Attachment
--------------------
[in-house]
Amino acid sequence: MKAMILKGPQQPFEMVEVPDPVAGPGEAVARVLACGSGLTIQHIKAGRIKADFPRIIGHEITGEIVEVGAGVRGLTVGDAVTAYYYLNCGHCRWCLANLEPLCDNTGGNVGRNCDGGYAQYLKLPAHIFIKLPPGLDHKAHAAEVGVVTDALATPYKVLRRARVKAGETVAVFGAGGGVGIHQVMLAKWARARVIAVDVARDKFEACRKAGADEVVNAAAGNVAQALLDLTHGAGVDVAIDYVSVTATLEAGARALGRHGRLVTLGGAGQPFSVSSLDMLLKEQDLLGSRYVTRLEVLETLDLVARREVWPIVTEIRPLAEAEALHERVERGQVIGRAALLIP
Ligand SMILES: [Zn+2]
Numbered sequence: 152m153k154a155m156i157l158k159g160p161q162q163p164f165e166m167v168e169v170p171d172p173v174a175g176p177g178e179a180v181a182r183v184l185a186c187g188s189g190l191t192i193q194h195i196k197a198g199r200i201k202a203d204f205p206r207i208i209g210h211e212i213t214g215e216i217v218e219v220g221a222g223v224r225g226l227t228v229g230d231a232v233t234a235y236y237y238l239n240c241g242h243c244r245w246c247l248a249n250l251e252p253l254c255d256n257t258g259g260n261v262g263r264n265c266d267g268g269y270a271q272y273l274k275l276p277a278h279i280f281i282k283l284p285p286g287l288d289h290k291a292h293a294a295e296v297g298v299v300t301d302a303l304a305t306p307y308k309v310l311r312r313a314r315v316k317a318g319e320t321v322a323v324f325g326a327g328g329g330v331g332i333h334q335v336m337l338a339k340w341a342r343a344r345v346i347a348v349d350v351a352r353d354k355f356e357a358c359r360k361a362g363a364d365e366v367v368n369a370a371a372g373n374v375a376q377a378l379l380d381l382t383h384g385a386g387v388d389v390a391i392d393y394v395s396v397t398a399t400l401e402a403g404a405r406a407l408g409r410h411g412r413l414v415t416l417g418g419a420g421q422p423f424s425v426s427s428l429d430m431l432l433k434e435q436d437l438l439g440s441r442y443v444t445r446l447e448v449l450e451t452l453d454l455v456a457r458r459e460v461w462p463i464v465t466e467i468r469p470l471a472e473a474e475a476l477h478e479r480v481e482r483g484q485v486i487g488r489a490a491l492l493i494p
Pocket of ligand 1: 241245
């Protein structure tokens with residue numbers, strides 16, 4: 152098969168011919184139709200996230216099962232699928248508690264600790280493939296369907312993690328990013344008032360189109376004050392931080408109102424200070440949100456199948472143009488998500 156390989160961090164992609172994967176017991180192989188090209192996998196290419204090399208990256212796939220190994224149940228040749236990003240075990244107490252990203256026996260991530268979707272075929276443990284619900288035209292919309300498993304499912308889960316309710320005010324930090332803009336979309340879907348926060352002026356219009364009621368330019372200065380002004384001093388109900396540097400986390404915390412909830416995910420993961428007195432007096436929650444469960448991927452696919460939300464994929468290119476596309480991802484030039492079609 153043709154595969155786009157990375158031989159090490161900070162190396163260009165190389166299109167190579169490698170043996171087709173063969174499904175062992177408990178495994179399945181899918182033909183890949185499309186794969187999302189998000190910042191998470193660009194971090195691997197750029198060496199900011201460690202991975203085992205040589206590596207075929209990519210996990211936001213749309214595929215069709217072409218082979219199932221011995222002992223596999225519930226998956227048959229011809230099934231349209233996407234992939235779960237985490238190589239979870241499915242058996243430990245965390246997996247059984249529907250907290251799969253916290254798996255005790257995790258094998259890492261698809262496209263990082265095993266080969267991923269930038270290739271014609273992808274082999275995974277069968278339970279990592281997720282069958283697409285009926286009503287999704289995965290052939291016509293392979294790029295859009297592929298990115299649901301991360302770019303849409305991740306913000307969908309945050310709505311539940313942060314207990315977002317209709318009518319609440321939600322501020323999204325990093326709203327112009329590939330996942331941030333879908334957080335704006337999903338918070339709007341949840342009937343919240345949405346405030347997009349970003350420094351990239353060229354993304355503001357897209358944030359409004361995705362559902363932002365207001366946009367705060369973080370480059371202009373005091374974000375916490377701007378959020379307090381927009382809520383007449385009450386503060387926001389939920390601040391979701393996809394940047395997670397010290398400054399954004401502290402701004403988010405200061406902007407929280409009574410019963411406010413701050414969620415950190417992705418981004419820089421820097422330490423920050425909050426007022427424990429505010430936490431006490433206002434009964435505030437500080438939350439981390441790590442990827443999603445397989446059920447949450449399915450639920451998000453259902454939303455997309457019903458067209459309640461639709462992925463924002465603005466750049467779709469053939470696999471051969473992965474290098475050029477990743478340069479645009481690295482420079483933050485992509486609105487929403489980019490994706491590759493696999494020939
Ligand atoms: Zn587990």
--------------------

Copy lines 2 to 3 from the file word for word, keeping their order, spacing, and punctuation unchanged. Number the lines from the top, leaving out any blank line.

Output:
Amino acid sequence: MKAMILKGPQQPFEMVEVPDPVAGPGEAVARVLACGSGLTIQHIKAGRIKADFPRIIGHEITGEIVEVGAGVRGLTVGDAVTAYYYLNCGHCRWCLANLEPLCDNTGGNVGRNCDGGYAQYLKLPAHIFIKLPPGLDHKAHAAEVGVVTDALATPYKVLRRARVKAGETVAVFGAGGGVGIHQVMLAKWARARVIAVDVARDKFEACRKAGADEVVNAAAGNVAQALLDLTHGAGVDVAIDYVSVTATLEAGARALGRHGRLVTLGGAGQPFSVSSLDMLLKEQDLLGSRYVTRLEVLETLDLVARREVWPIVTEIRPLAEAEALHERVERGQVIGRAALLIP
Ligand SMILES: [Zn+2]